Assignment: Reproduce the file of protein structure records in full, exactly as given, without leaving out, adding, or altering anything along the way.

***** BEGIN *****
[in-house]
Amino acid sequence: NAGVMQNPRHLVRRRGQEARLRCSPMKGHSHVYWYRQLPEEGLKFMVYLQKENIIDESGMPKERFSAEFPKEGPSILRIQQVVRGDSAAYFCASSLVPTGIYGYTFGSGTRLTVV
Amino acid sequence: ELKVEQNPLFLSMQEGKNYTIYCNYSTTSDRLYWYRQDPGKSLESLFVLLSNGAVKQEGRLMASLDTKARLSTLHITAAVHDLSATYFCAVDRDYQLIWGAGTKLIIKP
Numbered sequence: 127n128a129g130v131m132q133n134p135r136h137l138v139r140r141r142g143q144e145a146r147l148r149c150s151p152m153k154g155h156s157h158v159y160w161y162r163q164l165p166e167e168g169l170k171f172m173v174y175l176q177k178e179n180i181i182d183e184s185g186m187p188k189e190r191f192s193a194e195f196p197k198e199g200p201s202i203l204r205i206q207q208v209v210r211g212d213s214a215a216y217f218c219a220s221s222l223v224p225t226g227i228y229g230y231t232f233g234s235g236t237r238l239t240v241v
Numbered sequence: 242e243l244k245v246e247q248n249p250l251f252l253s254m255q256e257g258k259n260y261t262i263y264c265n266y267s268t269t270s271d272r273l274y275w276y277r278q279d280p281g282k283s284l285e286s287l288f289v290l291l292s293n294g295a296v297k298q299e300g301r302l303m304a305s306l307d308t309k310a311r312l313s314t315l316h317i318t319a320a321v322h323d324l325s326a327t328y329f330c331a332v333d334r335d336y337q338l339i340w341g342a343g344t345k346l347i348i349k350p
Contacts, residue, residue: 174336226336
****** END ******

[in-house]
Amino acid sequence: NAGVMQNPRHLVRRRGQEARLRCSPMKGHSHVYWYRQLPEEGLKFMVYLQKENIIDESGMPKERFSAEFPKEGPSILRIQQVVRGDSAAYFCASSLVPTGIYGYTFGSGTRLTVV
Amino acid sequence: ELKVEQNPLFLSMQEGKNYTIYCNYSTTSDRLYWYRQDPGKSLESLFVLLSNGAVKQEGRLMASLDTKARLSTLHITAAVHDLSATYFCAVDRDYQLIWGAGTKLIIKP
Numbered sequence: 127n128a129g130v131m132q133n134p135r136h137l138v139r140r141r142g143q144e145a146r147l148r149c150s151p152m153k154g155h156s157h158v159y160w161y162r163q164l165p166e167e168g169l170k171f172m173v174y175l176q177k178e179n180i181i182d183e184s185g186m187p188k189e190r191f192s193a194e195f196p197k198e199g200p201s202i203l204r205i206q207q208v209v210r211g212d213s214a215a216y217f218c219a220s221s222l223v224p225t226g227i228y229g230y231t232f233g234s235g236t237r238l239t240v241v
Numbered sequence: 242e243l244k245v246e247q248n249p250l251f252l253s254m255q256e257g258k259n260y261t262i263y264c265n266y267s268t269t270s271d272r273l274y275w276y277r278q279d280p281g282k283s284l285e286s287l288f289v290l291l292s293n294g295a296v297k298q299e300g301r302l303m304a305s306l307d308t309k310a311r312l313s314t315l316h317i318t319a320a321v322h323d324l325s326a327t328y329f330c331a332v333d334r335d336y337q338l339i340w341g342a343g344t345k346l347i348i349k350p
Contacts, residue, residue: 174336226336